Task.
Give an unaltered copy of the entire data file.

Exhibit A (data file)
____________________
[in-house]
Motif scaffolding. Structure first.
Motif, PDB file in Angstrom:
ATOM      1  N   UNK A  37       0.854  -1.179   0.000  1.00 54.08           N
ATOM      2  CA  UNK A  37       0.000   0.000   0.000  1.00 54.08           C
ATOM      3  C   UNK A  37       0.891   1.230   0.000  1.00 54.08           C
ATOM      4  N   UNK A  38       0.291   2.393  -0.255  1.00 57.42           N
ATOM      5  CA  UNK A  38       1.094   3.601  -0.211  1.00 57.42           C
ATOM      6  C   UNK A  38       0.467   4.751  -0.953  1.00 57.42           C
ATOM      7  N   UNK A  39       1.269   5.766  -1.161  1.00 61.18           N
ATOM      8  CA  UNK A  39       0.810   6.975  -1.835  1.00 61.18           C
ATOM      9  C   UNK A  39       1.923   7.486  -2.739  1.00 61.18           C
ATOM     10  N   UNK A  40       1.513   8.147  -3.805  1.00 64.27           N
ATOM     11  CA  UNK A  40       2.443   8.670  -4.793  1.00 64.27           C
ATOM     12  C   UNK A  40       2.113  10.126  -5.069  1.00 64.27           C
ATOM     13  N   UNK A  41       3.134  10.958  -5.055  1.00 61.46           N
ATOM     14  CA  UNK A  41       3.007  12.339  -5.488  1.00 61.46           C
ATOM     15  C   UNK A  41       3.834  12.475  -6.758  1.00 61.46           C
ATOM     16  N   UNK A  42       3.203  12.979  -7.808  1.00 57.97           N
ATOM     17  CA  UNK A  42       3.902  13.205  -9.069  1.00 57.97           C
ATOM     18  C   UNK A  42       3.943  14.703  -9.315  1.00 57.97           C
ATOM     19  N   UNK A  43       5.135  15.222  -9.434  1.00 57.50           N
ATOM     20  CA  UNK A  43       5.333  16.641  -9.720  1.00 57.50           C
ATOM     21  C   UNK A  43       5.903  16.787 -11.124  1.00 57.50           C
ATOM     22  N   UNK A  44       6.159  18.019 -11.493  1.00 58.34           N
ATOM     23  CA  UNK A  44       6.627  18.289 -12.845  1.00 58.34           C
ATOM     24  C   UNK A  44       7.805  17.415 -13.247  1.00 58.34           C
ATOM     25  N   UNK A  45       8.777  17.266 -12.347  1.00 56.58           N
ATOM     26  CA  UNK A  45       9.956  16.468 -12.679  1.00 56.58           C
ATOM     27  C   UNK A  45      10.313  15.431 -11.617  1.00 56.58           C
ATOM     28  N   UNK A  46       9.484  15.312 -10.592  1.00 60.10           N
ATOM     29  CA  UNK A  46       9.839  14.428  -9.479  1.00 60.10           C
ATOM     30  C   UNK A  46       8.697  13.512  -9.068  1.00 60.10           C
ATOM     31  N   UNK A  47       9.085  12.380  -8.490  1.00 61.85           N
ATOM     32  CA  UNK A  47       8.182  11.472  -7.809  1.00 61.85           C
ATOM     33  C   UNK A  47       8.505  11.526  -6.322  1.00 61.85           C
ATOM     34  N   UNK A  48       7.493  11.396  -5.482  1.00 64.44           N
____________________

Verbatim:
[in-house]
Motif scaffolding. Structure first.
Motif, PDB file in Angstrom:
ATOM      1  N   UNK A  37       0.854  -1.179   0.000  1.00 54.08           N
ATOM      2  CA  UNK A  37       0.000   0.000   0.000  1.00 54.08           C
ATOM      3  C   UNK A  37       0.891   1.230   0.000  1.00 54.08           C
ATOM      4  N   UNK A  38       0.291   2.393  -0.255  1.00 57.42           N
ATOM      5  CA  UNK A  38       1.094   3.601  -0.211  1.00 57.42           C
ATOM      6  C   UNK A  38       0.467   4.751  -0.953  1.00 57.42           C
ATOM      7  N   UNK A  39       1.269   5.766  -1.161  1.00 61.18           N
ATOM      8  CA  UNK A  39       0.810   6.975  -1.835  1.00 61.18           C
ATOM      9  C   UNK A  39       1.923   7.486  -2.739  1.00 61.18           C
ATOM     10  N   UNK A  40       1.513   8.147  -3.805  1.00 64.27           N
ATOM     11  CA  UNK A  40       2.443   8.670  -4.793  1.00 64.27           C
ATOM     12  C   UNK A  40       2.113  10.126  -5.069  1.00 64.27           C
ATOM     13  N   UNK A  41       3.134  10.958  -5.055  1.00 61.46           N
ATOM     14  CA  UNK A  41       3.007  12.339  -5.488  1.00 61.46           C
ATOM     15  C   UNK A  41       3.834  12.475  -6.758  1.00 61.46           C
ATOM     16  N   UNK A  42       3.203  12.979  -7.808  1.00 57.97           N
ATOM     17  CA  UNK A  42       3.902  13.205  -9.069  1.00 57.97           C
ATOM     18  C   UNK A  42       3.943  14.703  -9.315  1.00 57.97           C
ATOM     19  N   UNK A  43       5.135  15.222  -9.434  1.00 57.50           N
ATOM     20  CA  UNK A  43       5.333  16.641  -9.720  1.00 57.50           C
ATOM     21  C   UNK A  43       5.903  16.787 -11.124  1.00 57.50           C
ATOM     22  N   UNK A  44       6.159  18.019 -11.493  1.00 58.34           N
ATOM     23  CA  UNK A  44       6.627  18.289 -12.845  1.00 58.34           C
ATOM     24  C   UNK A  44       7.805  17.415 -13.247  1.00 58.34           C
ATOM     25  N   UNK A  45       8.777  17.266 -12.347  1.00 56.58           N
ATOM     26  CA  UNK A  45       9.956  16.468 -12.679  1.00 56.58           C
ATOM     27  C   UNK A  45      10.313  15.431 -11.617  1.00 56.58           C
ATOM     28  N   UNK A  46       9.484  15.312 -10.592  1.00 60.10           N
ATOM     29  CA  UNK A  46       9.839  14.428  -9.479  1.00 60.10           C
ATOM     30  C   UNK A  46       8.697  13.512  -9.068  1.00 60.10           C
ATOM     31  N   UNK A  47       9.085  12.380  -8.490  1.00 61.85           N
ATOM     32  CA  UNK A  47       8.182  11.472  -7.809  1.00 61.85           C
ATOM     33  C   UNK A  47       8.505  11.526  -6.322  1.00 61.85           C
ATOM     34  N   UNK A  48       7.493  11.396  -5.482  1.00 64.44           N